What does cash back mean?
Credit card cash back refers to the rewards program offered by certain credit cards that allows you to earn a percentage of “cash” back on your purchase. This usually ranges from 1-6%, depending on the card.
For instance, the top card on our list, the Discover it® Cashback Match™, offers 5% cash back on rotating categories up to the quarterly maximum each time you activate, and 1% unlimited cash back automatically on all other purchases. If you spent $1,500 at Amazon.com and Wholesale Clubs from October to December this year, you’d receive $75 in cash back.
If you’re trying to receive cash from an ATM, bank teller, or convenience check with your credit card then that’s actually considered a cash advance. In those cases, you’ll need to your card’s customer service center to set up a PIN number. Once you have a PIN, you can withdraw money from your credit card as you would a debit card.
What credit card gives the most cash back?
The Blue Cash Preferred® Card from American Express has one of the highest rewards rates of any cash back card: 6% cash back at U.S. supermarkets (up to $6,000 per year, then 1%). It also earns 3% cash back at U.S. gas stations and at select U.S. department stores, and 1% back on other purchases.
Three types of cash back cards
There are three types of cash back credit cards: flat-rate cash back cards, tiered cash back cards, and bonus category cards. Of the three, bonus category cards usually offer the highest rewards rates.
|Type of cash back card||How it works|
|Flat-rate cash back card||Earns unlimited, flat-rate rewards on all purchases (usually around 2%)|
|Tiered cash back card||Earns rewards in specific categories, often with a earning limit, and a lower rate (usually 1%) on all other purchases|
|Bonus category card||Earns high-rate rewards (some as much as 6%) on spending categories that change periodically, and a lower rate on all other purchases (usually 1%)|
Flat-rate cash-back cards. If you like keeping things simple, go with a flat-rate card. This type of cash back card earns unlimited rewards (usually 2%) on every dollar you spend on eligible purchases. It’ll take you longer to earn the same amount of rewards as a bonus category cash back card, but you have the flexibility of using whenever, and however you want.
Tiered cash-back cards. Tiered cash-back cards like the Blue Cash Preferred® Card from American Express are usually best for families that regularly shop for groceries or at department stores. The rewards are higher than flat-rate cards (usually from 3% to 6%), but usually accompanied with an earning limit. If you plan to spend more than the earning limit, consider whether you might be better off with a flat-rate card.
Bonus category cards. If you have the flexibility to adjust your purchasing habits every few months, a bonus category cash back card may be for you. Bonus categories rotate multiple times a year, usually every quarter, earning high-rate rewards on things like gas, groceries, and restaurants. Keeping track takes discipline, but the rewards rates are higher than with flat-rate cards — and the signup bonuses are often easy to earn.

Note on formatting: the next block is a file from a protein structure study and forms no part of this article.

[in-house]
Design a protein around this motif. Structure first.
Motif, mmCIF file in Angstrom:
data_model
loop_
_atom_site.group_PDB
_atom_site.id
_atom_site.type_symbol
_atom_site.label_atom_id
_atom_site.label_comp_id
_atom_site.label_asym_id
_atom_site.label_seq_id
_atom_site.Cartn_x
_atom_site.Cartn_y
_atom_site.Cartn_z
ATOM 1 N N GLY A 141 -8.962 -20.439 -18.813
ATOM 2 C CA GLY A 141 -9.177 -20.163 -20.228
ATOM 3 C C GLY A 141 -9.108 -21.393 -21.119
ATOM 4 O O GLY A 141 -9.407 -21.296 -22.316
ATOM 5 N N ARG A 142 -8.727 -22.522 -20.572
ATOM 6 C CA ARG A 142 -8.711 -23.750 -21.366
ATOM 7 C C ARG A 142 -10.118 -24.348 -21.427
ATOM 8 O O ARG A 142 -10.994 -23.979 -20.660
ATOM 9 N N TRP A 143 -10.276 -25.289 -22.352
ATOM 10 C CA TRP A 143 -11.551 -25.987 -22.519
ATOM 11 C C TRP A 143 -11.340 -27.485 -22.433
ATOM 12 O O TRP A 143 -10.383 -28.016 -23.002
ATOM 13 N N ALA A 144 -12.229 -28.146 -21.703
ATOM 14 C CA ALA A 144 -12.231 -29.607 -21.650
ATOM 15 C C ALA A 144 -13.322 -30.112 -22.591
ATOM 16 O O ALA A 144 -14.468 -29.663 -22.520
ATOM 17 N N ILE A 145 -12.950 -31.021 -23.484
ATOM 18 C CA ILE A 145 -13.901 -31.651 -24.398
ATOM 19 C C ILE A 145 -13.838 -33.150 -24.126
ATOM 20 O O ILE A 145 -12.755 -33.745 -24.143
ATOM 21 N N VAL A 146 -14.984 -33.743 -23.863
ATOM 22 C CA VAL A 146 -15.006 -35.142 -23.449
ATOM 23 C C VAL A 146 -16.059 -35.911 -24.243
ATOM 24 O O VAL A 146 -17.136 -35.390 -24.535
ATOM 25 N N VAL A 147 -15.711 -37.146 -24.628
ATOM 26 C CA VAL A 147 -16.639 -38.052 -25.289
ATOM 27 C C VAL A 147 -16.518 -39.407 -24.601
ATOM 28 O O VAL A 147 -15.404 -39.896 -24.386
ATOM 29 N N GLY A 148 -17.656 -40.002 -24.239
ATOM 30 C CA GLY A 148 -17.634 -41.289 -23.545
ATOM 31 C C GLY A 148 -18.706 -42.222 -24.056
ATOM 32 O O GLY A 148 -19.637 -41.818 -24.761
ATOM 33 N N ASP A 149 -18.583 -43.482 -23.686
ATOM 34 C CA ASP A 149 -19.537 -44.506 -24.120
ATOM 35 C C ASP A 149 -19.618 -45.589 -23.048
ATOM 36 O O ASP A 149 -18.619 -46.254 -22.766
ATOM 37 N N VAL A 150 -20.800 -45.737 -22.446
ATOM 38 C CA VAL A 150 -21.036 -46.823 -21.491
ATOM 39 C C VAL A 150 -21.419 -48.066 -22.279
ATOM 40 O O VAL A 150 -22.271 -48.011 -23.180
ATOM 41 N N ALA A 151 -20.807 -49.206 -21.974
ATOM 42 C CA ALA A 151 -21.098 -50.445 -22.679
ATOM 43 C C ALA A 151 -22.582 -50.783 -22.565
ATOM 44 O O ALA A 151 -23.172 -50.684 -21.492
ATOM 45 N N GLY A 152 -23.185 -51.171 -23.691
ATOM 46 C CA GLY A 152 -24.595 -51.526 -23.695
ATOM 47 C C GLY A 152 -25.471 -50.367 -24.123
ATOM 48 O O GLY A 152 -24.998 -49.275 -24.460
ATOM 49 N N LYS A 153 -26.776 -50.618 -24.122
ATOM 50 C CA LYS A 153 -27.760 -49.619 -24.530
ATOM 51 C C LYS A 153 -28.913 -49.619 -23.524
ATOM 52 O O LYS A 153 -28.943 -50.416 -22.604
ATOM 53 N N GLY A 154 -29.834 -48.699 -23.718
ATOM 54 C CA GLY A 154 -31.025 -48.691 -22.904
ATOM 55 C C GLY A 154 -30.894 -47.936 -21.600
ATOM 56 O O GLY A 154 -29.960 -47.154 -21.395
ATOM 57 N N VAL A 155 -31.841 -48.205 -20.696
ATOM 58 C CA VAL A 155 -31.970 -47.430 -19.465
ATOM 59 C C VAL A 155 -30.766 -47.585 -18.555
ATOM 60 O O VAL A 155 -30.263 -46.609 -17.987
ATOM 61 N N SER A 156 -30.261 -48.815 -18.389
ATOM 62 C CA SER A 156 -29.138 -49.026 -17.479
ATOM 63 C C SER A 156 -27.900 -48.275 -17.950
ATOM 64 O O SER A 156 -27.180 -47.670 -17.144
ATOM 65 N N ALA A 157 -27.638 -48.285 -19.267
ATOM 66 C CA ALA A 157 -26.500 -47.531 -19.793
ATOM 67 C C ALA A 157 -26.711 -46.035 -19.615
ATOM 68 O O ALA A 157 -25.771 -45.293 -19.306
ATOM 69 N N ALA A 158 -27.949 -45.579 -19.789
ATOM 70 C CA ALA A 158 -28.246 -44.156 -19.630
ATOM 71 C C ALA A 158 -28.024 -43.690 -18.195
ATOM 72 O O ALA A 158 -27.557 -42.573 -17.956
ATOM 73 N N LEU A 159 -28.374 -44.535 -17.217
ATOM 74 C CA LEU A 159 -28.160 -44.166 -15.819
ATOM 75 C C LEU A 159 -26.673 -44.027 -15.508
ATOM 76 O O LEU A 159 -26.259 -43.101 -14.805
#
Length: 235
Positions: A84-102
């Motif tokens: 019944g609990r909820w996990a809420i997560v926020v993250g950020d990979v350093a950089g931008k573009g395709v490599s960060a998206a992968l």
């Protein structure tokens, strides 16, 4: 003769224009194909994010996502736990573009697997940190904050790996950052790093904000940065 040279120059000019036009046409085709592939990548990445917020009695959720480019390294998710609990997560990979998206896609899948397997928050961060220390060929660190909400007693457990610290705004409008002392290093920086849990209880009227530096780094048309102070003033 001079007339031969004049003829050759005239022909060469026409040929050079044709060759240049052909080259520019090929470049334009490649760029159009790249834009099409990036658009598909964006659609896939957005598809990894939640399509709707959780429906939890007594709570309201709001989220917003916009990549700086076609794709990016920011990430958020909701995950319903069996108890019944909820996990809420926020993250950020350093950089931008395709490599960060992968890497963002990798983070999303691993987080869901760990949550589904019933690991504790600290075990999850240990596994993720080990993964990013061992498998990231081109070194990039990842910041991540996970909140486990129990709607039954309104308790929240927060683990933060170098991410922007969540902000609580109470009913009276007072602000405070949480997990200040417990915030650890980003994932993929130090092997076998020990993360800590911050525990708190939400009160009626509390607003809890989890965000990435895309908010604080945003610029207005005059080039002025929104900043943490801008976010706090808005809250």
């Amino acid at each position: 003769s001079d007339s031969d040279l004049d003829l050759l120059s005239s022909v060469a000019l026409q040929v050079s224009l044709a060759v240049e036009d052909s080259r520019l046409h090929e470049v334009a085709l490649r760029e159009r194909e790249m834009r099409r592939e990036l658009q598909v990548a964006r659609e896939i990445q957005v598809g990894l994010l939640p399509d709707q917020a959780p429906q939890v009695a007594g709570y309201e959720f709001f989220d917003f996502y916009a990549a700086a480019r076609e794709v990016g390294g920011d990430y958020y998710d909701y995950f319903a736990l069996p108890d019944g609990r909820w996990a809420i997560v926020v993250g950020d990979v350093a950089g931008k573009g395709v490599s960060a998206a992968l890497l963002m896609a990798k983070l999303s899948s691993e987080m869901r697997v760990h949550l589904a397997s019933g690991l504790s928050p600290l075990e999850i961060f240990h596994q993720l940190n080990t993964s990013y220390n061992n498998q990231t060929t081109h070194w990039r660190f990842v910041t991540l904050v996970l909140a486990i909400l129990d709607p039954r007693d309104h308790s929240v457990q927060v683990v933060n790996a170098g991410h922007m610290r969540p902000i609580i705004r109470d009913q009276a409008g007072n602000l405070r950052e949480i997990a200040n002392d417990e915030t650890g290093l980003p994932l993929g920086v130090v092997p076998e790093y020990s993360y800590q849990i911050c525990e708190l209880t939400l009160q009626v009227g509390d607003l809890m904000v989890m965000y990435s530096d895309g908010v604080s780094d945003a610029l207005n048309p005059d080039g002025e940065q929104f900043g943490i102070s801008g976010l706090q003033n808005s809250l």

Pros and cons of cash back credit cards
They’re easy to understand.
Not everyone will qualify credit-wise.
Easy to redeem cash back.
Chasing signup bonuses.
A wide range of bonus categories.
Tracking bonus categories.
How do I redeem cash back?
Redemption options vary from card to card, but here are the most common methods for redeeming rewards:
- Bank Deposit. All the cash back that you earn goes straight into a checking or savings account.
- Statement Credit. This form of cash back is only applied to your credit card balance — you can’t spend it anywhere else.
- Gift Cards. Some credit cards offer cash back in the form of physical gift cards or eCertificates for popular retailers and merchants.
- Charitable Donations. Other cards offer you the opportunity to donate your earnings to charities and disaster relief programs.
Does it make sense to pay an annual fee?
Applying for a credit card with an annual fee doesn’t always make sense. If your spending habits don’t align with its reward structure, you might net a loss — even if you earn the signup bonus.
For example, the Capital One® QuicksilverOne® Cash Rewards Credit Card earns a flat 1.5% cash back on every purchase. It also has a $39 annual fee. To recoup that fee, you need to spend $2,600 on eligible purchases with your card annually, or $216 a month. Only once you spend more will you begin to earn net rewards.
Can I get my interest rate lowered on my credit card?
Your credit card interest rate isn’t written in stone. In face, 69% of people who asked their issuer for a break
If you pay your balance in full every month (which we highly recommend), interest rates don’t matter. But if you’re trying to pay down debt, asking for a lower rate could save a significant amount of money in the long run.
Before you call, look for better offers from other lenders that you can use as leverage. If you get a “no” the first time, don’t give up. Instead, ask to speak to a manager and try again.
Here are the best cash back credit cards of 2018
- Discover it® – Cashback Match™: Best overall
- Bank of America® Cash Rewards Credit Card: Great for Bank of America customers
- Blue Cash Preferred® Card from American Express: Best for families
- Capital One® Quicksilver® Cash Rewards Credit Card: Best for fixed-rate cash back
- Chase Freedom®: High-reward bonus categories
- Chase Freedom Unlimited®: Best 0% intro APR